• People need a living wage. $15/hr for a forty-hour week, roughly puts a person at an income level of $30,000 per year. Which, in theory, would bring that person above the poverty level. Let’s be clear, “above poverty level” is still a freaking tough life!
  • Corporations are making record profits on the backs of hourly workers. Hello, Jeff Bezos!
  • Other countries have done this and it’s worked out just fine.

Against $15/hr:

  • Raising the minimum wage to $15/hr and above will cost jobs. If you force employers to pay $15/hr as a minimum they’ll hire fewer workers and have them work fewer hours.
  • $15/hr minimum wage is too little for some markets and too much for some markets. We should let market dynamics decide what the minimum should be.
  • Other countries, like Australia, pay a living wage, but have you been to Australia? It’s not the U.S. It’s U.S.-like, but when you go to a “bar and grill” in Australia you don’t get waited on. You go to the bar, order your food, and they yell your name when it’s done. Need extra ketchup? Go to the bar, wait in line, and hope you can get the one bartender to get it for you. Why? Because wait staff costs too much, so they use them. Things are different. So, yeah, “waitstaff” in Australia gets paid a living wage, but those places just don’t hire very many.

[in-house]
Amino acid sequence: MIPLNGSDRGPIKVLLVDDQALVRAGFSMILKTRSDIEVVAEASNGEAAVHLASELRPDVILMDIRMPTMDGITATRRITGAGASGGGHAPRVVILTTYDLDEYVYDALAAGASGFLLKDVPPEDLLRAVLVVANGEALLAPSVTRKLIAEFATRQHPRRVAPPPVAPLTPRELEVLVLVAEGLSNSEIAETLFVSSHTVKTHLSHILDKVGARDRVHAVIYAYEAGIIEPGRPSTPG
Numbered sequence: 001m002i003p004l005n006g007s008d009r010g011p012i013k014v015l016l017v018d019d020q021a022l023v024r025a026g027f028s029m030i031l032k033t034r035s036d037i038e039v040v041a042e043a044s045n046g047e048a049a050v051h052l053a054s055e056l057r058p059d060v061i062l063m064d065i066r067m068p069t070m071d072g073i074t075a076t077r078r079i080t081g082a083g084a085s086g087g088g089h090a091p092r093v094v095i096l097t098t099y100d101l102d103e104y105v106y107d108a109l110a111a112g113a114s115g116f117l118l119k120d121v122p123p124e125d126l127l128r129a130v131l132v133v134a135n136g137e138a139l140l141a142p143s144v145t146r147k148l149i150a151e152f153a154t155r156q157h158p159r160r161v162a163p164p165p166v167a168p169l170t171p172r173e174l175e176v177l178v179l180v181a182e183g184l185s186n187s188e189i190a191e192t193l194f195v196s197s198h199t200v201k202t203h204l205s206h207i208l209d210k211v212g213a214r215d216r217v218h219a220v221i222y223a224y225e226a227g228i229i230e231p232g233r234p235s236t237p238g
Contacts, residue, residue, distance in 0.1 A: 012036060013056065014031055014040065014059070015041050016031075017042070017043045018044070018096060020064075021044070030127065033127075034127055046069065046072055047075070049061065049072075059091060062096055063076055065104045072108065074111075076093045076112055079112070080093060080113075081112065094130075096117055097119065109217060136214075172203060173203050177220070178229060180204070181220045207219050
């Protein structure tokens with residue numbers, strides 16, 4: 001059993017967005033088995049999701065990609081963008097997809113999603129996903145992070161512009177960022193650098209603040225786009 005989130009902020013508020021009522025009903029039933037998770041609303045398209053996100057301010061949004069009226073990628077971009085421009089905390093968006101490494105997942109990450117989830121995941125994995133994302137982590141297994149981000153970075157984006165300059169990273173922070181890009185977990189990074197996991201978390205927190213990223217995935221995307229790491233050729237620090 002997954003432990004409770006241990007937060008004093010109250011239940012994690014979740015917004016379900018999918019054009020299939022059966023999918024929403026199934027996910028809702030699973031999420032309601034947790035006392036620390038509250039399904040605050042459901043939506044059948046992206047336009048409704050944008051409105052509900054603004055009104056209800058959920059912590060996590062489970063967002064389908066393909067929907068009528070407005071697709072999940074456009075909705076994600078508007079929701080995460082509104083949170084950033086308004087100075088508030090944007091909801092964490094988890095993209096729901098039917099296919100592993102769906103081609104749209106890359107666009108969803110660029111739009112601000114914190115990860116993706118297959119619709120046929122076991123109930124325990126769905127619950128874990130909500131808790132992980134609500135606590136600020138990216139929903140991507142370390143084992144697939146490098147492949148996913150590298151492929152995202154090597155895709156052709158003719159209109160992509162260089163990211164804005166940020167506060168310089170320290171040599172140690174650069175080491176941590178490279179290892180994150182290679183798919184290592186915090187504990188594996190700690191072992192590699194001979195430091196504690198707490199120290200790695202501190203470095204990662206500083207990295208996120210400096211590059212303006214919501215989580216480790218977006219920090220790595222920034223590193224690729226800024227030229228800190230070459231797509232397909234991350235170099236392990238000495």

What does the research really say? 

Here is where the rubber meets the road because we can always find a study that will back up whatever point we might have. I’m for an increase in the minimum wage, or I’m against it, I can share with you five studies each supporting my take. Ugh! So, what is it really?

I found a study that looked at all the minimum wage studies (not some dumb Forbes article, real academic research), both for and against, to break down the facts and the myths. Here’s what they found:

  • There is a clear preponderance of negative effects on employment when raising the minimum wage.
  • The evidence is stronger for teens, young adults, and less-educated.
  • The evidence around specific industries is less one-sided.

What does all of that mean?